In Fall of 2016, I joined the Digital Scholarship Group team to assist in the development of one of the flagship CERES: Exhibit Toolkit websites, the Catskills Institute. Previously housed by Brown University, the Catskills Institute is a collection of postcards, pamphlets, and other memorabilia as well as personal anecdotes and recollections curated by Phil Brown.

This semester, I was tasked with migrating content from the original Catskills website to the new toolkit site. The challenge lay in recreating the content as closely as possible but within an entirely new site structure. The most memorably difficult process was creating the Hotels and Bungalows listing, attempting to mirror the original as closely as possible (but with slightly easier navigation). The CERES: Exhibit Toolkit is a fantastic plugin, but requires a bit of creativity in order to replicate a page anew. I succeeded in breaking the toolkit by trying too much text on one page, thus the separation of the list into four.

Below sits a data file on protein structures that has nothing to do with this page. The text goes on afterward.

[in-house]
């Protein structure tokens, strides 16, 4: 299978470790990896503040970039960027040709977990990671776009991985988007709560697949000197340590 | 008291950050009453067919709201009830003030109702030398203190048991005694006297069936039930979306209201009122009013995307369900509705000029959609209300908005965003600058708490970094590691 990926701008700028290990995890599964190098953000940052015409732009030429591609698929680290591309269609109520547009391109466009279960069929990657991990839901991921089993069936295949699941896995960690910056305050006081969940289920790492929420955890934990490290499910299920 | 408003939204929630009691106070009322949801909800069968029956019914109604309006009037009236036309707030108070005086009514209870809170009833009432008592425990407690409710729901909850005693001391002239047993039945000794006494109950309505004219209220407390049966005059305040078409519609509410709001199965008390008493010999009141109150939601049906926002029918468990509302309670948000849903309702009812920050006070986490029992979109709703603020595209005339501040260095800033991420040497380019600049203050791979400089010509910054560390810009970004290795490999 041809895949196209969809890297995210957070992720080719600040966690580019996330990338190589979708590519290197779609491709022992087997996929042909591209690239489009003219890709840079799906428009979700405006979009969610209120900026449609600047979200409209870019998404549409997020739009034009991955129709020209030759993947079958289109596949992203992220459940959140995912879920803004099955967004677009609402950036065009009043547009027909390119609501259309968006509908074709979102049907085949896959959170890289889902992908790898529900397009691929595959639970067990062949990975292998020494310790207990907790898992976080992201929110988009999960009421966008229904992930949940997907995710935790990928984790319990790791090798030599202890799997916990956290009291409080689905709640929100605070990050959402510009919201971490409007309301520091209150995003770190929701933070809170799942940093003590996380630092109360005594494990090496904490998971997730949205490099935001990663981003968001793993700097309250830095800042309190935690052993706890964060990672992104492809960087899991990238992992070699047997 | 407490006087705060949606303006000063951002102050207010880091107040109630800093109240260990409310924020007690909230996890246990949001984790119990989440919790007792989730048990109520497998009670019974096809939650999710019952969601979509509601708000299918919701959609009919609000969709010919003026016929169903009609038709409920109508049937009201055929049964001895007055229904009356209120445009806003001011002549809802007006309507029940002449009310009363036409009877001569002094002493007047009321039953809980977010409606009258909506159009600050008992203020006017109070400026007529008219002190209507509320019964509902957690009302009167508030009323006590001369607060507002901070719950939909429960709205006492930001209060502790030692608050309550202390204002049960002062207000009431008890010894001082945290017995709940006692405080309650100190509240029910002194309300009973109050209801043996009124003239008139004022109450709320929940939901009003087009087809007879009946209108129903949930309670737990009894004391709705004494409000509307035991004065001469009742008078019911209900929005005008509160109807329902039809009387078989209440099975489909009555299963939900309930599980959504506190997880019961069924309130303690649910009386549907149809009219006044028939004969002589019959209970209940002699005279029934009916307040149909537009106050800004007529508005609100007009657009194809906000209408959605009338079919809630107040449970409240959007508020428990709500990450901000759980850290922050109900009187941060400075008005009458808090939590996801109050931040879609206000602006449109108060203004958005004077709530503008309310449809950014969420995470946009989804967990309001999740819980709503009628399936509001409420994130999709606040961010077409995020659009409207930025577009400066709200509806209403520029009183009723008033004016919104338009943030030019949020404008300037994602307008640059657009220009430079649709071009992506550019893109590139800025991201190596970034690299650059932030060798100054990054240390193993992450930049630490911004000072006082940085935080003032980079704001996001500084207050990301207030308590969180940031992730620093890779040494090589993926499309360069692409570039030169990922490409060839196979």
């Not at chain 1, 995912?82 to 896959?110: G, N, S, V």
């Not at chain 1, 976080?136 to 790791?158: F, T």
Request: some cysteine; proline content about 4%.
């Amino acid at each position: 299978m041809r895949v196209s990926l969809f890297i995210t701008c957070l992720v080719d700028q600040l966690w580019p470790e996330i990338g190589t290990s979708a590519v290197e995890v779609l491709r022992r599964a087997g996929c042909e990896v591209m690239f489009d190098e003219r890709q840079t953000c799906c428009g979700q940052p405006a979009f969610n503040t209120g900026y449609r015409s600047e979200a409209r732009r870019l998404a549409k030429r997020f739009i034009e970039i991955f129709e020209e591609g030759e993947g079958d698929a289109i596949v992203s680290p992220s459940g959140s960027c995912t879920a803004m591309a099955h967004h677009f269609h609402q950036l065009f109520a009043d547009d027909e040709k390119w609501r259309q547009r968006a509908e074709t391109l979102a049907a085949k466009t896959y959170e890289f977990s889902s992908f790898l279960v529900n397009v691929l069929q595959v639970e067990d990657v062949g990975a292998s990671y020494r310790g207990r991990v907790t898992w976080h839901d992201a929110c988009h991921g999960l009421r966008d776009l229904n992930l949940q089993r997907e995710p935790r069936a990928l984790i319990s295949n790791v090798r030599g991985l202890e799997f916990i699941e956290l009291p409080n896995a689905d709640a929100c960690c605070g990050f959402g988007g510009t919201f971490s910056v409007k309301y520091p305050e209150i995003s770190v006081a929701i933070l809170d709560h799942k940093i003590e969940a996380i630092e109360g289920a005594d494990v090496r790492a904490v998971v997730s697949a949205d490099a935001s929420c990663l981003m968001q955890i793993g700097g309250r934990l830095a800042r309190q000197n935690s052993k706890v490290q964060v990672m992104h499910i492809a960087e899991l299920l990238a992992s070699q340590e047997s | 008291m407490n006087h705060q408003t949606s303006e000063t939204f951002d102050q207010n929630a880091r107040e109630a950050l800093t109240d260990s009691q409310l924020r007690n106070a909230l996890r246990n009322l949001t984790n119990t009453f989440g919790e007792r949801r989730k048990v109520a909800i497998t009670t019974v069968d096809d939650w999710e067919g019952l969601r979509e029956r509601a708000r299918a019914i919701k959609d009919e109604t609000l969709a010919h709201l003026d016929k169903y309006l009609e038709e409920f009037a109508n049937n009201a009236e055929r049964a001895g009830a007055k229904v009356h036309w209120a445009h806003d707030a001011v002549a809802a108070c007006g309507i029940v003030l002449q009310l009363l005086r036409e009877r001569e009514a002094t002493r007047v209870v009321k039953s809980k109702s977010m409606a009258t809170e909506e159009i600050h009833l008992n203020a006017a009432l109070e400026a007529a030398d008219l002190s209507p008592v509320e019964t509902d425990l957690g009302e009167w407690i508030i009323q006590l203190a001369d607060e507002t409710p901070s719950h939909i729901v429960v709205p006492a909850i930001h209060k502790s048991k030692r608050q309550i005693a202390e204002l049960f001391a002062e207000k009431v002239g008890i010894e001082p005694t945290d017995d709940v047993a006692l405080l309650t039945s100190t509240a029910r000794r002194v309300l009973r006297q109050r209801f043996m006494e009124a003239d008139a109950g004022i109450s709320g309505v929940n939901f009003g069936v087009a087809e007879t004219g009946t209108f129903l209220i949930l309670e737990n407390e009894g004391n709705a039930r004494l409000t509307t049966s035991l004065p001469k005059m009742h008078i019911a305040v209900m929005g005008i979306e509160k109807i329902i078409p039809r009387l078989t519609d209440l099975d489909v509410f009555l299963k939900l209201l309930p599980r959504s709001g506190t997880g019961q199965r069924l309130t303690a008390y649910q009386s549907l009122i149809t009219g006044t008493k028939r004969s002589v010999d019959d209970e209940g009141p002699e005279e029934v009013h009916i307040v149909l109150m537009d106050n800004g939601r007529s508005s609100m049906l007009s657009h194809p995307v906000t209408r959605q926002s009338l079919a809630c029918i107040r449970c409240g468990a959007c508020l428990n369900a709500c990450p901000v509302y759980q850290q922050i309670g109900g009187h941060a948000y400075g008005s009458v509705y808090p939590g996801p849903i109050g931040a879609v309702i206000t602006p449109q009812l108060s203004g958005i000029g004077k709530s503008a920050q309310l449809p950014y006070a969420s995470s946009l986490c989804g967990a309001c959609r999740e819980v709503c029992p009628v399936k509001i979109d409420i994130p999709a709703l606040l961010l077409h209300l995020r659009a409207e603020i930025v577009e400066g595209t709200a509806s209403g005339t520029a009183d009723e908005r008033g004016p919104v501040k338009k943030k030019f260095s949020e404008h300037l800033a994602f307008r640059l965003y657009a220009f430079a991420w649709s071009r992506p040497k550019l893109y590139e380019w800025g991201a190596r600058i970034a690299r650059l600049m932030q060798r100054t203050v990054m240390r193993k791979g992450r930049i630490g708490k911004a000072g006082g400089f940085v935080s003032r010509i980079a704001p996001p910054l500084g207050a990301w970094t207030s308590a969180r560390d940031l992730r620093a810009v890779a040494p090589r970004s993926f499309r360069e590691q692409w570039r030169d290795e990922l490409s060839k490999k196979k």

I learned so much about the Catskills region from my work on this project. I had no idea the importance it held in American Jewish culture, in a time when that culture was sparingly documented. Phil Brown and the rest of the Catskills Institute have done an amazing job of preserving history and nostalgia. My favorite part of the site has to be Mountain Memoirs and Historical Essays. This section definitely holds the most content, with over eighty different essays, stories, and recollections about summers in the Catskills. Of all the stories collected, Summer Technicolor stands out the most. While many of these pieces tell what it was like at the bungalow colonies, this one is best at making you feel like you’re there too.

My work with the Catskills Institute has wrapped up for now, and I look forward to assisting with other DSG projects this Spring!